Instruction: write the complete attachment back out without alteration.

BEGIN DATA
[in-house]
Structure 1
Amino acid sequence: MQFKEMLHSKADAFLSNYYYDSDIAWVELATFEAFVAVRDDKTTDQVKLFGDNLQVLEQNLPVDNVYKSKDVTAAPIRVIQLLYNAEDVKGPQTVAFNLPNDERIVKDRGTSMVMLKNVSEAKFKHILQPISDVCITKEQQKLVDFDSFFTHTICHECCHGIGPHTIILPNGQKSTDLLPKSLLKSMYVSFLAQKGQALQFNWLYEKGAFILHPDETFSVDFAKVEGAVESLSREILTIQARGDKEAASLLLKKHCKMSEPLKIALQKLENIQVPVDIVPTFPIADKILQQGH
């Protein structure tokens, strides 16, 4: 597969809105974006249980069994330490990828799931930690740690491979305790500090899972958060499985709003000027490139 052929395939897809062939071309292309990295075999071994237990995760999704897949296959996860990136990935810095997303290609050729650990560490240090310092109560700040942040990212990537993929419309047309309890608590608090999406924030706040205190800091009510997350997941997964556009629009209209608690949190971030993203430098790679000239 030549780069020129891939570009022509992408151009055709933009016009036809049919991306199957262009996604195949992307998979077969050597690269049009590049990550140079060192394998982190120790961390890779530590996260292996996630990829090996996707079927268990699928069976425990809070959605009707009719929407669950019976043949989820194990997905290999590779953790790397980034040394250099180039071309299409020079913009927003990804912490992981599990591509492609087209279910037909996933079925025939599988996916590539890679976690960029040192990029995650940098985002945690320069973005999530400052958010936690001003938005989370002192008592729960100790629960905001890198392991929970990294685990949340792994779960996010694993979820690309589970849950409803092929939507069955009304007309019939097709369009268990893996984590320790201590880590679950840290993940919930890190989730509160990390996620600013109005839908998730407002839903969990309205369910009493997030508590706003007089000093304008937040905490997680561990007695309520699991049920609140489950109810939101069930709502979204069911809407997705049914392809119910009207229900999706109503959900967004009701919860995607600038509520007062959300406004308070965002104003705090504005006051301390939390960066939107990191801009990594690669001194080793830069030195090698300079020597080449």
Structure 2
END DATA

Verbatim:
[in-house]
Structure 1
Amino acid sequence: MQFKEMLHSKADAFLSNYYYDSDIAWVELATFEAFVAVRDDKTTDQVKLFGDNLQVLEQNLPVDNVYKSKDVTAAPIRVIQLLYNAEDVKGPQTVAFNLPNDERIVKDRGTSMVMLKNVSEAKFKHILQPISDVCITKEQQKLVDFDSFFTHTICHECCHGIGPHTIILPNGQKSTDLLPKSLLKSMYVSFLAQKGQALQFNWLYEKGAFILHPDETFSVDFAKVEGAVESLSREILTIQARGDKEAASLLLKKHCKMSEPLKIALQKLENIQVPVDIVPTFPIADKILQQGH
């Protein structure tokens, strides 16, 4: 597969809105974006249980069994330490990828799931930690740690491979305790500090899972958060499985709003000027490139 052929395939897809062939071309292309990295075999071994237990995760999704897949296959996860990136990935810095997303290609050729650990560490240090310092109560700040942040990212990537993929419309047309309890608590608090999406924030706040205190800091009510997350997941997964556009629009209209608690949190971030993203430098790679000239 030549780069020129891939570009022509992408151009055709933009016009036809049919991306199957262009996604195949992307998979077969050597690269049009590049990550140079060192394998982190120790961390890779530590996260292996996630990829090996996707079927268990699928069976425990809070959605009707009719929407669950019976043949989820194990997905290999590779953790790397980034040394250099180039071309299409020079913009927003990804912490992981599990591509492609087209279910037909996933079925025939599988996916590539890679976690960029040192990029995650940098985002945690320069973005999530400052958010936690001003938005989370002192008592729960100790629960905001890198392991929970990294685990949340792994779960996010694993979820690309589970849950409803092929939507069955009304007309019939097709369009268990893996984590320790201590880590679950840290993940919930890190989730509160990390996620600013109005839908998730407002839903969990309205369910009493997030508590706003007089000093304008937040905490997680561990007695309520699991049920609140489950109810939101069930709502979204069911809407997705049914392809119910009207229900999706109503959900967004009701919860995607600038509520007062959300406004308070965002104003705090504005006051301390939390960066939107990191801009990594690669001194080793830069030195090698300079020597080449």
Structure 2